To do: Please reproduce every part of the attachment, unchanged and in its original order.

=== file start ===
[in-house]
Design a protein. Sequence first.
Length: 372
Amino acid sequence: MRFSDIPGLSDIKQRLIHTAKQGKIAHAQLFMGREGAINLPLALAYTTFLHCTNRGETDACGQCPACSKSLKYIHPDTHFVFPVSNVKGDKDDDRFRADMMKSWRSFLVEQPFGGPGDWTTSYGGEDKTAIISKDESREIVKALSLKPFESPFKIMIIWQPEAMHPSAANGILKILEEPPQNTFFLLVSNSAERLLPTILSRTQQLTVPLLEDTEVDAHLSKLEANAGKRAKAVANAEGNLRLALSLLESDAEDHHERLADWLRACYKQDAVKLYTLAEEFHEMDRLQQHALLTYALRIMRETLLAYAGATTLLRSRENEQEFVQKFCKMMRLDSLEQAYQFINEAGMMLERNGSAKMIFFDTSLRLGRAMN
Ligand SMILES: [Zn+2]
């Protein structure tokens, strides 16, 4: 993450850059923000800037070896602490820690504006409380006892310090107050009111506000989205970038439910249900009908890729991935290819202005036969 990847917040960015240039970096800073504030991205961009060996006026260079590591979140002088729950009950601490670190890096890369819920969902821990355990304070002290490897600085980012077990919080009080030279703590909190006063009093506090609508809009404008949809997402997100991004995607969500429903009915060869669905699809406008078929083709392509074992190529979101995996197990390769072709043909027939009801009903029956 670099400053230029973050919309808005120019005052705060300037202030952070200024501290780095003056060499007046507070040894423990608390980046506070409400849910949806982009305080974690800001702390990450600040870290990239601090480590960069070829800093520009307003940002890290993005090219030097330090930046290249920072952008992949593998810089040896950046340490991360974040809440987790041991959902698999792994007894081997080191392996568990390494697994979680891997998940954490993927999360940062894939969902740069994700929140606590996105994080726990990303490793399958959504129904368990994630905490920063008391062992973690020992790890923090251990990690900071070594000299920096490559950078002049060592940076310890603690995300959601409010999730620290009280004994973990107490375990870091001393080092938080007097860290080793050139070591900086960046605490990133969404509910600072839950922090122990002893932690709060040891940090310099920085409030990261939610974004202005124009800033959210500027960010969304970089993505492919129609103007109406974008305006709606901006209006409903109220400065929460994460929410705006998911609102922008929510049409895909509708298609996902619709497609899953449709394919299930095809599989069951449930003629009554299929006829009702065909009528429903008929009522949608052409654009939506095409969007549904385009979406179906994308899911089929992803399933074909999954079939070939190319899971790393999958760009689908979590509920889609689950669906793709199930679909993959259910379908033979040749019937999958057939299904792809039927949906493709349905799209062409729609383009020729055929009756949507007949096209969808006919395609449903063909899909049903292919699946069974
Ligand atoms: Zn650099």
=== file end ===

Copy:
[in-house]
Design a protein. Sequence first.
Length: 372
Amino acid sequence: MRFSDIPGLSDIKQRLIHTAKQGKIAHAQLFMGREGAINLPLALAYTTFLHCTNRGETDACGQCPACSKSLKYIHPDTHFVFPVSNVKGDKDDDRFRADMMKSWRSFLVEQPFGGPGDWTTSYGGEDKTAIISKDESREIVKALSLKPFESPFKIMIIWQPEAMHPSAANGILKILEEPPQNTFFLLVSNSAERLLPTILSRTQQLTVPLLEDTEVDAHLSKLEANAGKRAKAVANAEGNLRLALSLLESDAEDHHERLADWLRACYKQDAVKLYTLAEEFHEMDRLQQHALLTYALRIMRETLLAYAGATTLLRSRENEQEFVQKFCKMMRLDSLEQAYQFINEAGMMLERNGSAKMIFFDTSLRLGRAMN
Ligand SMILES: [Zn+2]
């Protein structure tokens, strides 16, 4: 993450850059923000800037070896602490820690504006409380006892310090107050009111506000989205970038439910249900009908890729991935290819202005036969 990847917040960015240039970096800073504030991205961009060996006026260079590591979140002088729950009950601490670190890096890369819920969902821990355990304070002290490897600085980012077990919080009080030279703590909190006063009093506090609508809009404008949809997402997100991004995607969500429903009915060869669905699809406008078929083709392509074992190529979101995996197990390769072709043909027939009801009903029956 670099400053230029973050919309808005120019005052705060300037202030952070200024501290780095003056060499007046507070040894423990608390980046506070409400849910949806982009305080974690800001702390990450600040870290990239601090480590960069070829800093520009307003940002890290993005090219030097330090930046290249920072952008992949593998810089040896950046340490991360974040809440987790041991959902698999792994007894081997080191392996568990390494697994979680891997998940954490993927999360940062894939969902740069994700929140606590996105994080726990990303490793399958959504129904368990994630905490920063008391062992973690020992790890923090251990990690900071070594000299920096490559950078002049060592940076310890603690995300959601409010999730620290009280004994973990107490375990870091001393080092938080007097860290080793050139070591900086960046605490990133969404509910600072839950922090122990002893932690709060040891940090310099920085409030990261939610974004202005124009800033959210500027960010969304970089993505492919129609103007109406974008305006709606901006209006409903109220400065929460994460929410705006998911609102922008929510049409895909509708298609996902619709497609899953449709394919299930095809599989069951449930003629009554299929006829009702065909009528429903008929009522949608052409654009939506095409969007549904385009979406179906994308899911089929992803399933074909999954079939070939190319899971790393999958760009689908979590509920889609689950669906793709199930679909993959259910379908033979040749019937999958057939299904792809039927949906493709349905799209062409729609383009020729055929009756949507007949096209969808006919395609449903063909899909049903292919699946069974
Ligand atoms: Zn650099």